It can be argued that mobile money has taken more than a decade to arrive. Ten years ago the industry witnessed clever advertisements that depicted smiling salesmen handing over badly wrapped items and asking viewers whether they wanted to ‘pay with cash or phone’. Companies experimented with different techniques and approaches, but were generally defeated by the lack of infrastructure, smart chips or some other key ingredient. Now, however, mobile money has arrived.
The meandering path to success
Almost every day there are dozens of news items about mobile money from a range of markets. For example, clearXchange has launched in the United States a service that allows Bank of America, JPMorgan Chase and Wells Fargo customers to transfer money via mobile phones or email addresses. Similarly, Google has announced a major investment initiative to bring digital wallets to mobile phones, leveraging NFC technology and partnerships with major global banks. At the same time, Uganda’s mobile money infrastructure reportedly has reached $400 million in transfers. In Kenya, 13 million people transfer money via mobile, and Nigeria and Ghana are poised to ‘lead the way’.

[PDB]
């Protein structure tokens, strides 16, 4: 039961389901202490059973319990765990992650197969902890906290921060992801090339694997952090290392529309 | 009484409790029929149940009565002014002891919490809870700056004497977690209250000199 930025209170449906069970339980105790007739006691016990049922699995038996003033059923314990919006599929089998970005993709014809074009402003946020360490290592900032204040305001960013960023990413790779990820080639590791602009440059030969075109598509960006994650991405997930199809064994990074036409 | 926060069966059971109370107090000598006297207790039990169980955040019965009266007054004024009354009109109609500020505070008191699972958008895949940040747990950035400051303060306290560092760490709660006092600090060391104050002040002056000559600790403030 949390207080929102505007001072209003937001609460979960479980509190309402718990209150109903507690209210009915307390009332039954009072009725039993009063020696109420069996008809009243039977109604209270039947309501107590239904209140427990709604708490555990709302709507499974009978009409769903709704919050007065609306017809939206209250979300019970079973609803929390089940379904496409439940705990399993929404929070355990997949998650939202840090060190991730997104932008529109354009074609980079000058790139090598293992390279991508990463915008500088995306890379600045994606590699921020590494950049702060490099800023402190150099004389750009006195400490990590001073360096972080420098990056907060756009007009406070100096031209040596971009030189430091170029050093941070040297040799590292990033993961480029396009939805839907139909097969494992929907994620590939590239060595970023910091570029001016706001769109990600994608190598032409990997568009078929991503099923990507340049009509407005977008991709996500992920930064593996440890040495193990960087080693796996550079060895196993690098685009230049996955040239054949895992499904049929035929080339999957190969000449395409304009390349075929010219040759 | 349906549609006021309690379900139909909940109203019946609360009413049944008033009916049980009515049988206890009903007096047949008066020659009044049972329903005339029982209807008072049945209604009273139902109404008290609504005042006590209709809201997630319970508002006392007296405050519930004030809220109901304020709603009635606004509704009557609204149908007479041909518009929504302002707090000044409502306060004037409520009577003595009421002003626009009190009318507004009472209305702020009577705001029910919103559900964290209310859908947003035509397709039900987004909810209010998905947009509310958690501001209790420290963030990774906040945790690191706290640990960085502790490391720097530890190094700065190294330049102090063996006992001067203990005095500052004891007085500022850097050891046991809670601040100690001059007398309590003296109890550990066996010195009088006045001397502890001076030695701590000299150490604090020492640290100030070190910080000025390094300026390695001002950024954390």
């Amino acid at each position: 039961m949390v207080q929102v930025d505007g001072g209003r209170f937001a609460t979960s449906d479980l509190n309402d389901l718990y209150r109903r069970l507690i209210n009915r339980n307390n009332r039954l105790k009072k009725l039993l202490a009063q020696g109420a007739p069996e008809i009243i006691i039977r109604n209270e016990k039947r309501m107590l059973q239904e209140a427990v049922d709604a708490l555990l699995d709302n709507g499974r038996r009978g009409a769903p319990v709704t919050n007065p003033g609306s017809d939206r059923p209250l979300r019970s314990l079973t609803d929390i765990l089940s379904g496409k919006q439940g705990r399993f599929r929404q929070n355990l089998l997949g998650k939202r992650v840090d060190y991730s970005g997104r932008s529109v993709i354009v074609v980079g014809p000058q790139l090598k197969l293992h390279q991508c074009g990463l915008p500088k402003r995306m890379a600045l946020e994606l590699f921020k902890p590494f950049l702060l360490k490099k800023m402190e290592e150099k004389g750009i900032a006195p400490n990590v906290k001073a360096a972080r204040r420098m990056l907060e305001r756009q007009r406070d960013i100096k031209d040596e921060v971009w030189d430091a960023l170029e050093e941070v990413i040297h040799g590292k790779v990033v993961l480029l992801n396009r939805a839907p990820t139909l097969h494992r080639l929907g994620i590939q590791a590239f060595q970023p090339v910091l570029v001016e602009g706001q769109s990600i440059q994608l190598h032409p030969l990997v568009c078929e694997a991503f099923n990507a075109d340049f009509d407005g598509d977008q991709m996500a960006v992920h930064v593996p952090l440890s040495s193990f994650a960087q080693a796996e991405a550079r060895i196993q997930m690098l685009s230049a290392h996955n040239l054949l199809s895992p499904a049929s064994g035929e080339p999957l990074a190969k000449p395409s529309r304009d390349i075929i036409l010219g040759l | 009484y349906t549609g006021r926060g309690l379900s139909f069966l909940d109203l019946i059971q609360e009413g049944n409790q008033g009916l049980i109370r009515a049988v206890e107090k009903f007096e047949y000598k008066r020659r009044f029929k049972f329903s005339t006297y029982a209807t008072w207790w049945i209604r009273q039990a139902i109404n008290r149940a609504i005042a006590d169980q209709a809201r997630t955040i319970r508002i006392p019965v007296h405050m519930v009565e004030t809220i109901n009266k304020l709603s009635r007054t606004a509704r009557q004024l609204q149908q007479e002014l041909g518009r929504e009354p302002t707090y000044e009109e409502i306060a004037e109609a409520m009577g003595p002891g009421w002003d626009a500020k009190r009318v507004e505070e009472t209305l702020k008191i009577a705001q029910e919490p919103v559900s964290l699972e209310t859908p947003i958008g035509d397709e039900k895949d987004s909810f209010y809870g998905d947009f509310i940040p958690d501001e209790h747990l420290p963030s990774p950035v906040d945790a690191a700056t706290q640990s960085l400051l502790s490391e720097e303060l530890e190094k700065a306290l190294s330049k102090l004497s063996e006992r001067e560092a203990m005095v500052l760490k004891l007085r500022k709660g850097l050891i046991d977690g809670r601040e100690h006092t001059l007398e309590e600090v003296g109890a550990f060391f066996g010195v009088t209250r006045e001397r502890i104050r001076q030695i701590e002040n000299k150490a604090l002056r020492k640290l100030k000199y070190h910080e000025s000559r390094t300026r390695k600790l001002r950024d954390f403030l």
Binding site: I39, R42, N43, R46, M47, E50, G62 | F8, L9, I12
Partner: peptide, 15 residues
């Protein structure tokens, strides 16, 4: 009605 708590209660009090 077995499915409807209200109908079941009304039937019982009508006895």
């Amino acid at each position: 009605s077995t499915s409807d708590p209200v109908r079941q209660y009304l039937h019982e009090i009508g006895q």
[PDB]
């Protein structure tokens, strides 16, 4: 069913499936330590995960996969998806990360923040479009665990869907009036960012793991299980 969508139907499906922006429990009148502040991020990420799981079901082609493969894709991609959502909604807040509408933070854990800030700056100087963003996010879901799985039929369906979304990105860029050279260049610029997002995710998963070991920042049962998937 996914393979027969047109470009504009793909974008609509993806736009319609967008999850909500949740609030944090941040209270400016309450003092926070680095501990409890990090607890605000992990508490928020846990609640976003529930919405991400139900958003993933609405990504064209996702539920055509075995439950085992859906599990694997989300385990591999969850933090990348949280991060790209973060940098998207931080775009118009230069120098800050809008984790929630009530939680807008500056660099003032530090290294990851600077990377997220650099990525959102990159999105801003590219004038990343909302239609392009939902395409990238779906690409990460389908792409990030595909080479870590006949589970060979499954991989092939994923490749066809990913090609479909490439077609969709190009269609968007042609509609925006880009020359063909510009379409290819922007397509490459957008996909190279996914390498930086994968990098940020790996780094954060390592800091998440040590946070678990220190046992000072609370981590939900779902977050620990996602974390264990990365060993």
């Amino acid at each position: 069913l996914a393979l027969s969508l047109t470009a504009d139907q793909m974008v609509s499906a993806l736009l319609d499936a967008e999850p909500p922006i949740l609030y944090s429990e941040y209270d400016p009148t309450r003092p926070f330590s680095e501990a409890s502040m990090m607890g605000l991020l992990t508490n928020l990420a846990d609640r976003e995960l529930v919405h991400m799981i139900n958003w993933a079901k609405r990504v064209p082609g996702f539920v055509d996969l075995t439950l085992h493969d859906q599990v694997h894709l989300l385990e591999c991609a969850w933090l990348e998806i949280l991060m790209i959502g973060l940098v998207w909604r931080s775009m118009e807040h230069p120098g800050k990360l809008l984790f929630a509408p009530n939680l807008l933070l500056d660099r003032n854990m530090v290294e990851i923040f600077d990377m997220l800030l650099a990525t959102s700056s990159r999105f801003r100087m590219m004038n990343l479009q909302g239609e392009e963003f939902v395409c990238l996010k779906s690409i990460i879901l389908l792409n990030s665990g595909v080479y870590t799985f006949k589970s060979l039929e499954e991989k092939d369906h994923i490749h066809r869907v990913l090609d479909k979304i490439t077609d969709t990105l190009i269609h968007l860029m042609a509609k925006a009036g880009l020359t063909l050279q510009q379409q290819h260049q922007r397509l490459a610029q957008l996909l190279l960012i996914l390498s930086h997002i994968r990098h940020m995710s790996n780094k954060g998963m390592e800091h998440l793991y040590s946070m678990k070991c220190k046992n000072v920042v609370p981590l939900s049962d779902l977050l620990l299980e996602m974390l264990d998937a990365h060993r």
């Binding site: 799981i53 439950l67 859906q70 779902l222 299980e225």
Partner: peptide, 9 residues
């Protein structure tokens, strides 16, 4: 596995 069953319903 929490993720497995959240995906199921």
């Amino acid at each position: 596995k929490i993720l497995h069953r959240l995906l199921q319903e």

(RC comment – I found this on: http://mobilemoneyafrica.com/category/news/nigeria/
– can you use it?)
By anyone’s standards, the opportunities presented by the broad and varied mobile money market are huge. In a recent survey of more than 50 Communications Service Providers (CSPs), NetCracker Technology, in conjunction with Pipeline magazine, placed the opportunities provided by mobile money and commerce as second only to home networking.